I Don’t Want Your Newsletter – I Want Your Blog Posts!

Your blog rocks! Help me read it (pretty please?)

I’ve encountered an annoying problem lately. I’ve started following fewer book blogs and more freelance/designer blogs. Some of their posts are pretty awesome! However, most of these blogs don’t offer a normal RSS email subscription service. I follow blogs via email. That’s how I stay updated with their latest posts. But many of these freelance/designer blogs, don’t have a simple “get my blog posts via email” subscription feature. Instead, they offer a newsletter.

The newsletter usually talks about some of the same things they discuss on their blog, but it doesn’t actually inform me of blog posts! Here’s an example:

I followed this one blogger about two or three weeks ago. I never got an email notification about new blog posts so I kind of forgot about them. Then I got a newsletter email that talked a bit about crafting your brand and went on to say:

[…] we’ll not only talk in depth about all the things that goes into your brand (I talked about some of those other things on the blog today), but we’ll also […]

I was immediately like, “Woah, a new blog post? Why wasn’t I informed???” So I clicked on over to the blog and found like FOUR new blog posts since I subscribed. And this “newsletter” didn’t tell me about any of them.

Please help me follow your blog—I like it!

I don’t care about your newsletter. I don’t want you send me random ramblings once or twice a month. But your blog? Your blog ROCKS! I want to stay updated and read everything. So why won’t you give me a way to stay notified?

I’ve seen this with a few book bloggers too

I don’t think the book bloggers are doing it intentionally, but I have seen it in this community as well! Most of the people who do this use MailChimp and fall into one of two categories:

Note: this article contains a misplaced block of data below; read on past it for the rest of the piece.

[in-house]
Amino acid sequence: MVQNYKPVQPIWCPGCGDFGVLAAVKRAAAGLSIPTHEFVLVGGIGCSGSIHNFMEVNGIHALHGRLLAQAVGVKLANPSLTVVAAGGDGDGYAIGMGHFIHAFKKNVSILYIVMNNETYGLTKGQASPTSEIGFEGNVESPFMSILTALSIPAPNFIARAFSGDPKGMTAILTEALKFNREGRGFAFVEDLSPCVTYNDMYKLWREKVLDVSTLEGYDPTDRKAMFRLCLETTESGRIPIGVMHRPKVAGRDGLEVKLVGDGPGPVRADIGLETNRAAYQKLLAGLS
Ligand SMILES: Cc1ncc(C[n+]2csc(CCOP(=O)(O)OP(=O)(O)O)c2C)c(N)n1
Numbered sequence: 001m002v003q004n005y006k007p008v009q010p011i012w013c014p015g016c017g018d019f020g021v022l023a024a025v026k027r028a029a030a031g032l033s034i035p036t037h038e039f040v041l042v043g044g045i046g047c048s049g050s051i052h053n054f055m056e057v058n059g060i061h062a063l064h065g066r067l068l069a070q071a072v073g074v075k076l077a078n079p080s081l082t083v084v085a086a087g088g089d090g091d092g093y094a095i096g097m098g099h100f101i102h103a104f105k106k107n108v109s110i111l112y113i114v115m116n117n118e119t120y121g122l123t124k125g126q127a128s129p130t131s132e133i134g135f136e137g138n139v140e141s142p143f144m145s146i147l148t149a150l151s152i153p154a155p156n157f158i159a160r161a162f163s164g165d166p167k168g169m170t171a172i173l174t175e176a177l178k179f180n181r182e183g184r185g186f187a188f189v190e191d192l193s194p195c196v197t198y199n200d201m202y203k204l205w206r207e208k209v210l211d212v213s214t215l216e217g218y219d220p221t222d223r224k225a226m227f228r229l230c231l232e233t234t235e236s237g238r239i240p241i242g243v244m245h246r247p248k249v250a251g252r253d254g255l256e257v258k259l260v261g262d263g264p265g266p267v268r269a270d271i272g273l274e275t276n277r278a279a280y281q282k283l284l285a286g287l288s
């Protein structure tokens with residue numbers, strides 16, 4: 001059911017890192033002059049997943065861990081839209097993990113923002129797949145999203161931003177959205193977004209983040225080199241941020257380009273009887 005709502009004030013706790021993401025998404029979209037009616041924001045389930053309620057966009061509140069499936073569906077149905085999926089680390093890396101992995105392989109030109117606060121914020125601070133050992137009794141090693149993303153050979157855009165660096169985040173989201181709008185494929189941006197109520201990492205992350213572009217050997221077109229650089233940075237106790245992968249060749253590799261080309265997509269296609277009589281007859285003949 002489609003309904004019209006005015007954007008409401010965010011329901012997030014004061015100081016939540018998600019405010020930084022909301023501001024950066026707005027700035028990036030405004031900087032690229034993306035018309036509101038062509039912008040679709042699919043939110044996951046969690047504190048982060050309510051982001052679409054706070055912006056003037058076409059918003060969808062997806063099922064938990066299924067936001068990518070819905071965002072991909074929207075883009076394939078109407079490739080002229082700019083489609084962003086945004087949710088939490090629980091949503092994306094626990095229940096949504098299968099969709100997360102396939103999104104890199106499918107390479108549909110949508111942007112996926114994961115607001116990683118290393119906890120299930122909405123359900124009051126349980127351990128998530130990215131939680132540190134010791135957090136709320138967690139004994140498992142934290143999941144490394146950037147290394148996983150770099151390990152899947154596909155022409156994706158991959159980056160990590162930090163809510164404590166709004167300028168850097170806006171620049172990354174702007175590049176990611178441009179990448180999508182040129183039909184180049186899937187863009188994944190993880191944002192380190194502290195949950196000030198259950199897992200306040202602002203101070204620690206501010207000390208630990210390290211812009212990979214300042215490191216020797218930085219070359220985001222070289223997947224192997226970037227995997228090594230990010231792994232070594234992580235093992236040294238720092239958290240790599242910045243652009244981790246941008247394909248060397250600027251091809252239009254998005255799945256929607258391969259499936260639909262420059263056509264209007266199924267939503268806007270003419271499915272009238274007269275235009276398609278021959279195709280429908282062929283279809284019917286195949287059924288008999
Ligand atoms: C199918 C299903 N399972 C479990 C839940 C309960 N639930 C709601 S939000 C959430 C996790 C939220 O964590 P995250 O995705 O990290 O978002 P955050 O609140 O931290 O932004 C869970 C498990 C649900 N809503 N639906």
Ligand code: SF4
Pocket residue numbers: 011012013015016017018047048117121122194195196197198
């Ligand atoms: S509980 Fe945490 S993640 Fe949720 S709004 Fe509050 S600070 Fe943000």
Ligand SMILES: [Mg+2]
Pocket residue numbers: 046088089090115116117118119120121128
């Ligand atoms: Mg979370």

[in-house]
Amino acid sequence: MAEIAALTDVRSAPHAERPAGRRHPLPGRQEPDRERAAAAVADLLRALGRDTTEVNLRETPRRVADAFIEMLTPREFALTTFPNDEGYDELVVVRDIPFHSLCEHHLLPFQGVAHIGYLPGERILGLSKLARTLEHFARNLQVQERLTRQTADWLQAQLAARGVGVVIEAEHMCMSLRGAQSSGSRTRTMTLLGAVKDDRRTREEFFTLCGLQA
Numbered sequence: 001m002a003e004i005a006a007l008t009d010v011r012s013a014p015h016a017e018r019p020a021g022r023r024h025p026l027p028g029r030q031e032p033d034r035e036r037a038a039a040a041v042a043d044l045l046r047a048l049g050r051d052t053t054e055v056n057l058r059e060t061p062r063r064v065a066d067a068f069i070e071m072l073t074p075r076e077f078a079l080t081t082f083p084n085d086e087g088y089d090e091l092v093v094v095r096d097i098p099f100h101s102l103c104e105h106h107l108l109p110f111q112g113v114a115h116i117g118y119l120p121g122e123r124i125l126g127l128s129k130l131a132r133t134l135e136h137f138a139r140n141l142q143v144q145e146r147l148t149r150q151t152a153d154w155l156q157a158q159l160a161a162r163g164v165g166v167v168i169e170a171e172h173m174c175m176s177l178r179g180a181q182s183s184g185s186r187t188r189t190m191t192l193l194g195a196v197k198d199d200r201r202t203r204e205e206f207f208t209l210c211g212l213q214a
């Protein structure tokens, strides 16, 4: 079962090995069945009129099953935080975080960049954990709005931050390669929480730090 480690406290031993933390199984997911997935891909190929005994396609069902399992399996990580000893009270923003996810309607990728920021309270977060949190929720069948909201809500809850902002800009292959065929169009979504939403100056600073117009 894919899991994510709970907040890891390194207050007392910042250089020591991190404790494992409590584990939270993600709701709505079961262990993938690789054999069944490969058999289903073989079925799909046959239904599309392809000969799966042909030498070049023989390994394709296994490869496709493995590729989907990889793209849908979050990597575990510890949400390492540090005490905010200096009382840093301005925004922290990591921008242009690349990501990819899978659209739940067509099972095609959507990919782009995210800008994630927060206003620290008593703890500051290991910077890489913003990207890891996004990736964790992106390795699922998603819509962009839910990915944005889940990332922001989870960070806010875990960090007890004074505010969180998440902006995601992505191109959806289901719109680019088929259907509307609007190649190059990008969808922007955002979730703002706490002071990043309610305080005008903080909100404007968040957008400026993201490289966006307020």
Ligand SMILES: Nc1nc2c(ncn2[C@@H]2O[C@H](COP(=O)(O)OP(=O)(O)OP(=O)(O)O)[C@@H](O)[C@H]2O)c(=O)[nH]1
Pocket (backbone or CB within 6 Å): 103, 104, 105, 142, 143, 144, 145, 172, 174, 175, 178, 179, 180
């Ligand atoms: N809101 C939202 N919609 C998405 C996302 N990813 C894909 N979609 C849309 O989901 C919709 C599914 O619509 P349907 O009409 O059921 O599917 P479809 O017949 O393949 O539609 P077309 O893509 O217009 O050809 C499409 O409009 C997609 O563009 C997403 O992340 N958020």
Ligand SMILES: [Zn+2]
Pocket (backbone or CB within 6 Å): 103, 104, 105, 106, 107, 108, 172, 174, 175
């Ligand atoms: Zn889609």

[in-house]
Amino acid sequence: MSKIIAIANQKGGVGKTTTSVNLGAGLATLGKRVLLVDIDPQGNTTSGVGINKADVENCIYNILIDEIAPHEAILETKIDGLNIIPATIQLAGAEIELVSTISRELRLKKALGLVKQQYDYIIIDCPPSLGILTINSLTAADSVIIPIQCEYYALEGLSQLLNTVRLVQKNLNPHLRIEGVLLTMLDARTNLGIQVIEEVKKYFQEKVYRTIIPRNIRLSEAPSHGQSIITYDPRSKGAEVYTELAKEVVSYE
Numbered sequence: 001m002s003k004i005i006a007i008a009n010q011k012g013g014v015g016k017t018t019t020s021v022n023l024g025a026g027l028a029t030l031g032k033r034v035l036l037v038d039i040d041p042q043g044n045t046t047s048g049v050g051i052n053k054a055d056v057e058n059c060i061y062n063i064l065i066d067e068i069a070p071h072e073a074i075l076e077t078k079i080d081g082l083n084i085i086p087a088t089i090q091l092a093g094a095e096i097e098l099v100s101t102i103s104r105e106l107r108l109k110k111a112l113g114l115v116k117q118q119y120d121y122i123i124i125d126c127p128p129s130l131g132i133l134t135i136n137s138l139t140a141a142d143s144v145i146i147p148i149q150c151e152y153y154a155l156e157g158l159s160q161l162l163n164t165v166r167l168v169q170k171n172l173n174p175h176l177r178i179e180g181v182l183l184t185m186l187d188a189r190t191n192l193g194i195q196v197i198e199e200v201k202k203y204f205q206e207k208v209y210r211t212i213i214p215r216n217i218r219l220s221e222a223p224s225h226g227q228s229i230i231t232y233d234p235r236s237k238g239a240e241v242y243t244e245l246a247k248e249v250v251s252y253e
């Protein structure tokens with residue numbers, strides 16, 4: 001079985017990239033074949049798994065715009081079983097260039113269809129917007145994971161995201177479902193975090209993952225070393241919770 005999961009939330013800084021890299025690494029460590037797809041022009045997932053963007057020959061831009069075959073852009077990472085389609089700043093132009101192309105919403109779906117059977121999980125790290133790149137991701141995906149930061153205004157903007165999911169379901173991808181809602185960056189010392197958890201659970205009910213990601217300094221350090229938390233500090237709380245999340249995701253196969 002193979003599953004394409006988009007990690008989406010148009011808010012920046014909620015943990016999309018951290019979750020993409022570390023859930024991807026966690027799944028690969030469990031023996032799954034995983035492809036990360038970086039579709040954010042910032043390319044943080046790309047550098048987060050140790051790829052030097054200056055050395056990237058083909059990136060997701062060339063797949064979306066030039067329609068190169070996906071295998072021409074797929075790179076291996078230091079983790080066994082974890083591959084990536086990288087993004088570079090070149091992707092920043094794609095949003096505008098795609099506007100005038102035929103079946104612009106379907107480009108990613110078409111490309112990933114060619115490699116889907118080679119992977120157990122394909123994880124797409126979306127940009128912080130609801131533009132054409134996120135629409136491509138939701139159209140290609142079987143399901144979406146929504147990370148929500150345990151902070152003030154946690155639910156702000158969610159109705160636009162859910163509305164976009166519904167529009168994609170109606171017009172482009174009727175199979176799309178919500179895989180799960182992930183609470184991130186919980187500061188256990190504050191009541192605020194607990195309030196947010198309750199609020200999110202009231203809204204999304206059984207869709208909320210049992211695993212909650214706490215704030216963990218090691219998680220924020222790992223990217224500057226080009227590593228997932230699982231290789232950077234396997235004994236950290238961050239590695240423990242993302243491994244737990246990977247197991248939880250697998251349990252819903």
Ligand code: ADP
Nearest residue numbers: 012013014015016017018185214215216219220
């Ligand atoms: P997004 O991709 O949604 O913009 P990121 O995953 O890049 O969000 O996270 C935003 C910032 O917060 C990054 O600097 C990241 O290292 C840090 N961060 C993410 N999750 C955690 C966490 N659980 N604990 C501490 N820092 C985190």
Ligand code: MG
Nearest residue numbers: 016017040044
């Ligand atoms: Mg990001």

• 1. They don’t know how to set up an automated RSS-to-email campaign that sends out email updates every time they make a new post. So instead, they manually set up a campaign when they remember and link to their latest posts.
  • 2. They intentionally send out a newsletter only about once or twice a month with a few of their recent posts.

If you fall under category #1, try reading this RSS-driven campaign tutorial for MailChimp. If you fall under category #2, please consider letting people choose whether they want to receive posts as soon as they’re published or a monthly newsletter. I have a tendency to auto-delete all emails that are just monthly newsletters with 10 posts crammed in there.

Have you ever seen a blog that only offered a “newsletter” option and no real email subscription service for new posts?

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  1. Yes, I can totally relate! I really enjoy reading blog posts from this particular person, but I never get notifications whenever a new post is published. I have to check the blog for updates every now and then, which is quite troublesome. It’s also upsetting when I don’t find any new posts/I miss out on a whole bunch of posts. πŸ™

    1. Yeah I hate it! πŸ™ If I can’t access the blog posts in a reliable way, then I just won’t be able to follow. That’s a lost follower/page views on their part. πŸ™

    1. I completely agree! Newsletters are good for authors to talk about new releases, available excerpts, giveaways, and tour dates. But if you run any kind of regular blog, you need to have an email subscription service just for your blog posts!

    1. Exactly! I know a lot of people use Bloglovin and stuff, but I don’t. So if they don’t offer an email subscription option, I won’t be (and can’t) follow them!

  2. I follow very few people via email (just my super super favourite ones) but I’d definitely be upset if a blogger I wanted to follow via email only offers newsletters. I couldn’t care less for newsletters.

  3. This is one area where the business world differs from the book blogging world. Businesses need to sell, and blogs aren’t the way they do it—they do it with their email list. I tie my business blog posts in with my newsletter, but by not offering an RSS to email option, I also have the ability to announce information, like new services or promotions. that I wouldn’t do on my blog.

    I do think the mainstream practice is “no new content” for their newsletter, so they share their blog posts, but it’s not uncommon to offer exclusive content for newsletter subscribers. The truth is, businesses don’t benefit from people who just follow their blog, which is likely why they don’t offer those options.

    Amanda @ On a Book Bender recently posted: Blind Date with a Book
    1. I would actually disagree. My job is writing content for a business, full-time, and blogging is responsible for much more new customers than email is. Emails might be sent to a prospect in the sales process, but those prospects know who we are and gave us their email address because of our blog, so in our reports, the sale is attributed to the blog.